Skin’s acid mantle
Healthy skin should have a slightly acidic balance (known as its “acid mantle”) because it:
- Protects the skin from drying
- Delays wrinkling and other signs of aging
- Buffers the skin from the wind and elements
- Keeps bacterial and fungal infections at bay
- Reduces breakouts
Natural maintenance of skin pH
The acid mantle is formed by the interaction of the natural oil we secrete (sebum), our sweat, and beneficial bacteria that live on the skin. Together, they create a slightly acidic environment on the surface of the skin that helps keep it healthy.
Threats to the acid mantle
However, the acid mantle can be compromised by the products we expose it to, and it requires more support as we grow older. These are the main ways in which the acid mantle can be lost:
- Harsh detergents and alkaline soaps
- Lower sebum production as we grow older
When we wash, we rinse oils from our skin and switch its pH to the alkaline side. The time it takes for the body to restore its acid balance varies, depending, among other things, on our age – it takes longer as we get older.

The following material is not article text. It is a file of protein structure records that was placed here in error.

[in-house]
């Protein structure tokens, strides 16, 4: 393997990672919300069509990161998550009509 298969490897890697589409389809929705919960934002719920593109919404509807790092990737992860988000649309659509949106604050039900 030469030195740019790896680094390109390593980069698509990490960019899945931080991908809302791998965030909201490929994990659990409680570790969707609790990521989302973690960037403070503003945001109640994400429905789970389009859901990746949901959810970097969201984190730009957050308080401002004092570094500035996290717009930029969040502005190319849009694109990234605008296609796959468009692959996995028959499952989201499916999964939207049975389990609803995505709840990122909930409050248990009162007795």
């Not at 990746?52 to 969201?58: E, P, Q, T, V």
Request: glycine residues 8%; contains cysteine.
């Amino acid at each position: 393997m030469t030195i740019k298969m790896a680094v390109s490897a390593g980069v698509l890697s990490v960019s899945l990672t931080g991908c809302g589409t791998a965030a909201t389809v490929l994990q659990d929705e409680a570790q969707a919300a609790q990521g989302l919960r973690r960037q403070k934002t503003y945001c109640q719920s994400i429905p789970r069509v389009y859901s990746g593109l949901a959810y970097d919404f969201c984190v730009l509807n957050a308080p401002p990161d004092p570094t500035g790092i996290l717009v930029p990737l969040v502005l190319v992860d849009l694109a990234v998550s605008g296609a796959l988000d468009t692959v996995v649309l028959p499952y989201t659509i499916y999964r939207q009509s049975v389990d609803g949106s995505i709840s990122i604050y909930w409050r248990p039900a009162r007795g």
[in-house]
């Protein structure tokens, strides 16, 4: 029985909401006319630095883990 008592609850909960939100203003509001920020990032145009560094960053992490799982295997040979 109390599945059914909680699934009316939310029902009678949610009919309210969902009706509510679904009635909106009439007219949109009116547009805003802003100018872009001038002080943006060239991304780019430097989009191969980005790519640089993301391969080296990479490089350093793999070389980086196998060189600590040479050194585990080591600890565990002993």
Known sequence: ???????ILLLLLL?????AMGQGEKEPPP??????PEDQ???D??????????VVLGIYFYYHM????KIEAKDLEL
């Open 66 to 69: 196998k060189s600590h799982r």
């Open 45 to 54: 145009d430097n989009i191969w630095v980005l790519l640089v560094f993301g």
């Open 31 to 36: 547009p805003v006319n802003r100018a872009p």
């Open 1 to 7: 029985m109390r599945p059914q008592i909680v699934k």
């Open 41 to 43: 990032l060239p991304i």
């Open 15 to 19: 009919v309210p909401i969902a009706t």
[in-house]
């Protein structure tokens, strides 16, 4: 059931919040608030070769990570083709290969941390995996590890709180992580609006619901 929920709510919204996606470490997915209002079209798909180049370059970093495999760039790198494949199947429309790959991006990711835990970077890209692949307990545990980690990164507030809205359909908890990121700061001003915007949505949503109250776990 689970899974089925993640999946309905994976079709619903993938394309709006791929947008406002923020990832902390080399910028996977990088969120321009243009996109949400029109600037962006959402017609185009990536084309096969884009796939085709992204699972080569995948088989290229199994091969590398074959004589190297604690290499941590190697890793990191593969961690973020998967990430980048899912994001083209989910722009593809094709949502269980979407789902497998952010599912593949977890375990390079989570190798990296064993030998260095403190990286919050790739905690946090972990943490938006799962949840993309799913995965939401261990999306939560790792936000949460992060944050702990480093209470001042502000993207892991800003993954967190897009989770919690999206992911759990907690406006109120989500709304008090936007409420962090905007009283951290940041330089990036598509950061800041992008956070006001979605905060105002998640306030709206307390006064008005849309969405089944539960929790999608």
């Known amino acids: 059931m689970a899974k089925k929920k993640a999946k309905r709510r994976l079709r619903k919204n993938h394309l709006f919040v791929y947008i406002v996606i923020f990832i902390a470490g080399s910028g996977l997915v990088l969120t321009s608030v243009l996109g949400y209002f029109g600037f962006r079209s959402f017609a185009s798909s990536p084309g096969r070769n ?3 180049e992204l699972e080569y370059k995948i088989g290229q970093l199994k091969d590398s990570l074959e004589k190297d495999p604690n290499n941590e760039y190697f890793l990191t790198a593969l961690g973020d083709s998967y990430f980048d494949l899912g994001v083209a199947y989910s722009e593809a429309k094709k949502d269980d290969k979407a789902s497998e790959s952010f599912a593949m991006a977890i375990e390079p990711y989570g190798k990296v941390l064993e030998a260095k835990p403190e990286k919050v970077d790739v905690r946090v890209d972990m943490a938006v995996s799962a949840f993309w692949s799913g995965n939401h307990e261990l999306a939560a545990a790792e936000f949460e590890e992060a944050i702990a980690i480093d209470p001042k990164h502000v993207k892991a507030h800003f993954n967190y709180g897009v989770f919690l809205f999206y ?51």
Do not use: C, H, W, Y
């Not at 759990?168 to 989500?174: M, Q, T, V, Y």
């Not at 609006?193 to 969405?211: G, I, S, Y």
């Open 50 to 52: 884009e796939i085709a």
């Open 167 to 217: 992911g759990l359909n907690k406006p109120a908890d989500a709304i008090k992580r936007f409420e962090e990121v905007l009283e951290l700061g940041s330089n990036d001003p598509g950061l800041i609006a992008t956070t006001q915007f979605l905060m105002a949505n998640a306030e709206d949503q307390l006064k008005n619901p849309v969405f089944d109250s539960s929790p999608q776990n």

Commercial soaps tend to be highly alkaline and often have free alkalis still in them that react with the oils on the skin to strip away its acid mantle. The result is drier skin that ages more quickly and is less able to withstand infection. Skin care products containing alcohol can also shift pH away from its healthy, slightly acid balance.
How to maintain healthy pH
Moisturizing with natural plant oils helps to restore the acid mantle. So do pH-balanced toners. They compensate for the alkalinizing effect of cleansers and soaps, restoring the acidic environment on the skin.